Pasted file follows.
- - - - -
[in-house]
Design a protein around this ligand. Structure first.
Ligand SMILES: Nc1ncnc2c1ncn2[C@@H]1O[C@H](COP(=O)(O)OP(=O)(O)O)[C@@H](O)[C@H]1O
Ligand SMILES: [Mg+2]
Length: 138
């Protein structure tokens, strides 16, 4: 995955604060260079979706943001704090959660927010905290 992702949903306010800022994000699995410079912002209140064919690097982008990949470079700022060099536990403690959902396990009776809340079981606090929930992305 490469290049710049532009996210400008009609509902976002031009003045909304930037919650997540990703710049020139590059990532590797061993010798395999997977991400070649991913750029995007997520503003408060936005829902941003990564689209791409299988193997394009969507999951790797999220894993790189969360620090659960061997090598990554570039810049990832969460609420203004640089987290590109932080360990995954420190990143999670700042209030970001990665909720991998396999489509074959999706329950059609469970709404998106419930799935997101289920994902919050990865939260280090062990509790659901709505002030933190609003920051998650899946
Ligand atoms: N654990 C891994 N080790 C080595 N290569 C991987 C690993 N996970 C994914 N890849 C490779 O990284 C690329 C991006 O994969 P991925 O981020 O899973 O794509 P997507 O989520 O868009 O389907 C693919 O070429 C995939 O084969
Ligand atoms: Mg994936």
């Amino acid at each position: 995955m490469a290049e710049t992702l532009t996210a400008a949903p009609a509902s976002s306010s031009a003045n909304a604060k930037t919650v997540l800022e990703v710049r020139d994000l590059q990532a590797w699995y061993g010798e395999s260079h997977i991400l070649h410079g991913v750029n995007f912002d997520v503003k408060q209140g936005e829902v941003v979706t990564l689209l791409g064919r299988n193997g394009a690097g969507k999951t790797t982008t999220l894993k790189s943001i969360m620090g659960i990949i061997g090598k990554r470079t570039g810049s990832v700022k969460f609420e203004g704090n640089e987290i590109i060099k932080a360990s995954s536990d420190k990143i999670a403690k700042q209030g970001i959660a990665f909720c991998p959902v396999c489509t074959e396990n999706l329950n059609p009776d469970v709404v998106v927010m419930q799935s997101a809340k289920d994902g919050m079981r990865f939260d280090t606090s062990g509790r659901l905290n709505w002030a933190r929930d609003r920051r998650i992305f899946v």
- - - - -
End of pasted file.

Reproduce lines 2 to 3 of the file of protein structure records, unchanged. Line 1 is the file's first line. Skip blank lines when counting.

Design a protein around this ligand. Structure first.
Ligand SMILES: Nc1ncnc2c1ncn2[C@@H]1O[C@H](COP(=O)(O)OP(=O)(O)O)[C@@H](O)[C@H]1O